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Epidemiology, management and survival outcomes of adult out-of-hospital traumatic cardiac arrest due to blunt, penetrating or burn injury


Background Survival from out-of-hospital traumatic cardiac arrest (TCA) is poor. Regional variation exists regarding epidemiology, management and outcomes. Data on prognostic factors are scant. A better understanding of injury patterns and outcome determinants is key to identifying opportunities for survival improvement.

Methods Included were adult (≥18 years) out-of-hospital TCA due to blunt, penetrating or burn injury, who were attended by Queensland Ambulance Service paramedics between 1 January 2007 and 31 December 2019. We compared the characteristics of patients who were pronounced dead on paramedic arrival and those receiving resuscitation from paramedics. Intra-arrest procedures were described for attempted-resuscitation patients. Survival up to 6 months postarrest was reported, and factors associated with survival were investigated.

Results 3891 patients were included; 2394 (61.5%) were pronounced dead on paramedic arrival and 1497 (38.5%) received resuscitation from paramedics. Most arrests (79.8%) resulted from blunt trauma. Motor vehicle collision (42.4%) and gunshot wound (17.7%) were the most common injury mechanisms in patients pronounced dead on paramedic arrival, whereas the most prevalent mechanisms in attempted-resuscitation patients were motor vehicle (31.3%) and motorcycle (20.6%) collisions. Among attempted-resuscitation patients, rates of transport and survival to hospital handover, to hospital discharge and to 6 months were 31.9%, 15.3%, 9.8% and 9.8%, respectively. Multivariable model showed that advanced airway management (adjusted OR 1.84; 95% CI 1.06 to 3.17), intravenous access (OR 5.04; 95% CI 2.43 to 10.45) and attendance of high acuity response unit (highly trained prehospital care clinicians) (OR 2.54; 95% CI 1.25 to 5.18) were associated with improved odds of survival to hospital handover.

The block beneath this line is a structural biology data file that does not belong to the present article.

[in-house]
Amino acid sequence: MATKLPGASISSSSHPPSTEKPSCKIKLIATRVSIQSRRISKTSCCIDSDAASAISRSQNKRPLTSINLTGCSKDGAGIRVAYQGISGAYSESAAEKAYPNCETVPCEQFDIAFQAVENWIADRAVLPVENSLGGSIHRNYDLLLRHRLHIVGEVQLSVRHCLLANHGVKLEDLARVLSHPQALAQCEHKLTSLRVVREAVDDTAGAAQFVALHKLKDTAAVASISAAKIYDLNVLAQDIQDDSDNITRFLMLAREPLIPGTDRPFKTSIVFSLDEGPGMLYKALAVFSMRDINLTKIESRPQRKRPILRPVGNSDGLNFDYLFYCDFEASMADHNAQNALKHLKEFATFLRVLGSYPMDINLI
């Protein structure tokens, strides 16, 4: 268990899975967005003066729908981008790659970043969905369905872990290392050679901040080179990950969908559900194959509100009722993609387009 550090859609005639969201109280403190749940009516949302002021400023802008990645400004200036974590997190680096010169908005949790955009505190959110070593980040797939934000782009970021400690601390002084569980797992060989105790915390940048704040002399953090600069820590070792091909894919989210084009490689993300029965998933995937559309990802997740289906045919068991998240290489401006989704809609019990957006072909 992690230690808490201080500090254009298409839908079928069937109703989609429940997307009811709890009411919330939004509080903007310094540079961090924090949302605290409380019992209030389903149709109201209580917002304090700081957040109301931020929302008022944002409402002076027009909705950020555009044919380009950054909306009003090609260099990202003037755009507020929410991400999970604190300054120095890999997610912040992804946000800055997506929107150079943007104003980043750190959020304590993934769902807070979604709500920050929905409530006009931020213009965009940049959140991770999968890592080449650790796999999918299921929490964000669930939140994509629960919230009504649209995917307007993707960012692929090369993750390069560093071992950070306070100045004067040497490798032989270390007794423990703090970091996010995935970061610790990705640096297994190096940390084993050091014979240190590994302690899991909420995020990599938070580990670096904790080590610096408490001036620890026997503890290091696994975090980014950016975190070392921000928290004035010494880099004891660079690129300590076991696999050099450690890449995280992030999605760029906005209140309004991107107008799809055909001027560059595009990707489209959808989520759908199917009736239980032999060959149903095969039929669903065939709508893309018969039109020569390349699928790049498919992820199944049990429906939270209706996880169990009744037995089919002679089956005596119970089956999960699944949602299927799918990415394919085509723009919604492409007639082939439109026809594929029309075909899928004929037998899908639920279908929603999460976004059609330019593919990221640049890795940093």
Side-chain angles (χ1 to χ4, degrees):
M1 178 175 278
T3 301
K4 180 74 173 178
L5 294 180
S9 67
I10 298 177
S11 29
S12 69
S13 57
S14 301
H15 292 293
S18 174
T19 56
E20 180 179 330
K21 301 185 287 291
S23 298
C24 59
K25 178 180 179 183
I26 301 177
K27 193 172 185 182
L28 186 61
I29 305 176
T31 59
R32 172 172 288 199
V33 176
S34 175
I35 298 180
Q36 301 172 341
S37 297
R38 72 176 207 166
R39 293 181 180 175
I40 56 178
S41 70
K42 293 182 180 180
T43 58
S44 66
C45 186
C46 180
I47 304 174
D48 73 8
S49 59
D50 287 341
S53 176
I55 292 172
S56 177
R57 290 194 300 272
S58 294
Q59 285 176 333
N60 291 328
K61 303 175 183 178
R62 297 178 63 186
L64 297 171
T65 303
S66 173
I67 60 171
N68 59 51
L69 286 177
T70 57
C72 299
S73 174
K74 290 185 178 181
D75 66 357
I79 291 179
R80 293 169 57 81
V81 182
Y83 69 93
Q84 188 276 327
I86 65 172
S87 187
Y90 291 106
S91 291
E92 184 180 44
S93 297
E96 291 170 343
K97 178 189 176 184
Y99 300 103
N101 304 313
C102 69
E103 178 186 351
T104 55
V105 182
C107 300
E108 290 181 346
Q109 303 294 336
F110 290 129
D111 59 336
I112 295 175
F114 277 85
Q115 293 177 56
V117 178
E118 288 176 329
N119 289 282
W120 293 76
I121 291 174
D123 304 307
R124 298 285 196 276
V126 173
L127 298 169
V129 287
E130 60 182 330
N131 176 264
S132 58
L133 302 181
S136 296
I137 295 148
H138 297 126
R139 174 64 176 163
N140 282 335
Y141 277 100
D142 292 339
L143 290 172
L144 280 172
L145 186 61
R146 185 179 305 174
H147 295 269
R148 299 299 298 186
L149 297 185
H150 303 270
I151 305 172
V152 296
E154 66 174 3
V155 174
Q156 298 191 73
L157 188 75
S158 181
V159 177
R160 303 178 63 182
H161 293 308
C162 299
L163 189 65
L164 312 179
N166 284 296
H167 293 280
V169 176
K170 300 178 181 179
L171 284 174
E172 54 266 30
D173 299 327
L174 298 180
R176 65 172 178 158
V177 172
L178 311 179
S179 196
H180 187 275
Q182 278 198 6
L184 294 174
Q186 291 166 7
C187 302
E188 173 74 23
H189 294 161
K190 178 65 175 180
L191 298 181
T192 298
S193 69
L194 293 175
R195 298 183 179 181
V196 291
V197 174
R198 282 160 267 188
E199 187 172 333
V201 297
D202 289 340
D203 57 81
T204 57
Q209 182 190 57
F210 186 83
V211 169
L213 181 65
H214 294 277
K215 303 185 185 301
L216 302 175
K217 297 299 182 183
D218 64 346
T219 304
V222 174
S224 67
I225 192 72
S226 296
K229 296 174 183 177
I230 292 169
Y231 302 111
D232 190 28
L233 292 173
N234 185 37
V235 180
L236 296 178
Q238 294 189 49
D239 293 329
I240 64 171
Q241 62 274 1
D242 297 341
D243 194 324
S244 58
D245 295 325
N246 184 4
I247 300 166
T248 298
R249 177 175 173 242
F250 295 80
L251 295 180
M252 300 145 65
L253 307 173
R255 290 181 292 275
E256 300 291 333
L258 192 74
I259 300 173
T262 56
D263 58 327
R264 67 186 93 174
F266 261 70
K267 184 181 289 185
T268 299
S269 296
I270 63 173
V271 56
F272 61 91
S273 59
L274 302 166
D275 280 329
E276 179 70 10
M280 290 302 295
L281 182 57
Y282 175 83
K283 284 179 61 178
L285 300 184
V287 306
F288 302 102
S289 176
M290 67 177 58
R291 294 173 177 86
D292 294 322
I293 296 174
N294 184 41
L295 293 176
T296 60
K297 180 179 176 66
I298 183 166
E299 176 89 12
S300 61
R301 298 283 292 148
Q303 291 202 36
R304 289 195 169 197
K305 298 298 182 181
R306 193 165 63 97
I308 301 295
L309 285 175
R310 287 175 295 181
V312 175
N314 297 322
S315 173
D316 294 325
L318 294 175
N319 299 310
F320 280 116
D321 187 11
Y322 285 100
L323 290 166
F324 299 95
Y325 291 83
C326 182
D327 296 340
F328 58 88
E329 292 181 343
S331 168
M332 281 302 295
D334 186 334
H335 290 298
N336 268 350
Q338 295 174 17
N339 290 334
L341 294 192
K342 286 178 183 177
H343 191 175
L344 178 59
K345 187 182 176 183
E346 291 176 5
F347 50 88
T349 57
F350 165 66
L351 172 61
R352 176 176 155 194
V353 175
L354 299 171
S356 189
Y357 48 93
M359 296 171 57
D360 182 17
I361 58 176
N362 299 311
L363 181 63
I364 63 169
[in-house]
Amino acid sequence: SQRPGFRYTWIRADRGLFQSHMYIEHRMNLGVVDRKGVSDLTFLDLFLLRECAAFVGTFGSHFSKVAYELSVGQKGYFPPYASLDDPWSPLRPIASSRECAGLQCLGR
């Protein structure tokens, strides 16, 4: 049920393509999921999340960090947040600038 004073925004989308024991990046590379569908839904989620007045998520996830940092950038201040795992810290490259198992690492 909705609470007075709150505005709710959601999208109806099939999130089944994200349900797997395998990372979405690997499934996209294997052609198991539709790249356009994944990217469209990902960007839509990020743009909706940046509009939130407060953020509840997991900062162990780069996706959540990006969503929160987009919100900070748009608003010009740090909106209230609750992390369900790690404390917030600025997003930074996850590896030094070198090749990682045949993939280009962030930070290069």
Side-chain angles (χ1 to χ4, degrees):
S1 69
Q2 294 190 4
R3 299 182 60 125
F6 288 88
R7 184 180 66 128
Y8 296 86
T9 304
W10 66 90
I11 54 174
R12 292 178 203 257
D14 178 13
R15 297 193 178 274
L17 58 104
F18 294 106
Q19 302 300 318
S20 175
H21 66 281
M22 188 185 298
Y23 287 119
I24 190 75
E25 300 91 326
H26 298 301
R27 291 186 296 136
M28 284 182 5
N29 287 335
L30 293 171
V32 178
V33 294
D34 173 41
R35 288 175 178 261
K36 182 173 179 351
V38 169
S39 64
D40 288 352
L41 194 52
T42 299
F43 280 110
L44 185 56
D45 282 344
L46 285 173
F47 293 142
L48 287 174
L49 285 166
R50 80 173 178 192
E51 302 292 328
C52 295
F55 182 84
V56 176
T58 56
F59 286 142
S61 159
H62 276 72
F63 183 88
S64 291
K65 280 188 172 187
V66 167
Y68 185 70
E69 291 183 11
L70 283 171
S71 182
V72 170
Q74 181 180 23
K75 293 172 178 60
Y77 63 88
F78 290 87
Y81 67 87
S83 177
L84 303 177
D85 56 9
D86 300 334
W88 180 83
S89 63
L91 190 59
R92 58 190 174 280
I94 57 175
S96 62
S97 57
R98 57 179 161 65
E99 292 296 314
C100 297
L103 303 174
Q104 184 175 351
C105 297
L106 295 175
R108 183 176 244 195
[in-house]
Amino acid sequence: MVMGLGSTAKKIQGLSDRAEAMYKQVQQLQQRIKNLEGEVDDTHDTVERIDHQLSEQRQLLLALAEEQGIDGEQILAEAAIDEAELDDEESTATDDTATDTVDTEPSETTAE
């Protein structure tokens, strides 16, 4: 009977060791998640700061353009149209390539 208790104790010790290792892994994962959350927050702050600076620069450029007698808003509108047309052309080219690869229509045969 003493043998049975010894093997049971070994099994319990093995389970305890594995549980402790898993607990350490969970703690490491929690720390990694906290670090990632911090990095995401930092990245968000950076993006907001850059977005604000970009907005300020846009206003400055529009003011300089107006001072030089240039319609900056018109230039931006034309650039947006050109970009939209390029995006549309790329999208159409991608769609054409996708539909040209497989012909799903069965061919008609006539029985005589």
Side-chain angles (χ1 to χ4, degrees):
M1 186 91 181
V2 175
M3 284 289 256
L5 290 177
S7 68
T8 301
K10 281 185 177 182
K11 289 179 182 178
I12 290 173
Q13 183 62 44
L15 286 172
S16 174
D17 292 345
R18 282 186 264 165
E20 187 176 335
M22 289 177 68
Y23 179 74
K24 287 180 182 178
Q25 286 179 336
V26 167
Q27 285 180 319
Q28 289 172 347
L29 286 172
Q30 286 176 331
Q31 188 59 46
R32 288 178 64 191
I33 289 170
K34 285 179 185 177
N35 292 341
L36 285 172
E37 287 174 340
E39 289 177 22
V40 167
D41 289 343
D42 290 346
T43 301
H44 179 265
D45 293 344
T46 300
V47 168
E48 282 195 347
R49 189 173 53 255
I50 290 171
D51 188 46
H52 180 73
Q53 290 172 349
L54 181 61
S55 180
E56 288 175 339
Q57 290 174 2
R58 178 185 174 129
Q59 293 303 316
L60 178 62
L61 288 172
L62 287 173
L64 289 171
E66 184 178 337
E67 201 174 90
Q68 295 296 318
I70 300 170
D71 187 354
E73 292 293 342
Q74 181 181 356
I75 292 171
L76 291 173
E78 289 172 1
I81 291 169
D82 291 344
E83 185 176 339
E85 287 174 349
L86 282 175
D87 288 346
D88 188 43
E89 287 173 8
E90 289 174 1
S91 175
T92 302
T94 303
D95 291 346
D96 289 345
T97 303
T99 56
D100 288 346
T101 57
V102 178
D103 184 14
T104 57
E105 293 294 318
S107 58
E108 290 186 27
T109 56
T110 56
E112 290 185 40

Conclusions By including all paramedic-attended patients, this study provides a more complete understanding of the epidemiology of out-of-hospital TCA. Contemporary survival rates from adult out-of-hospital TCA who receive resuscitation from paramedics may be higher than historically thought. Factors identified in this study as associated with survival may be useful to guide prognostication and treatment.

  • epidemiology
  • trauma
  • prehospital care

Data availability statement

No data are available.

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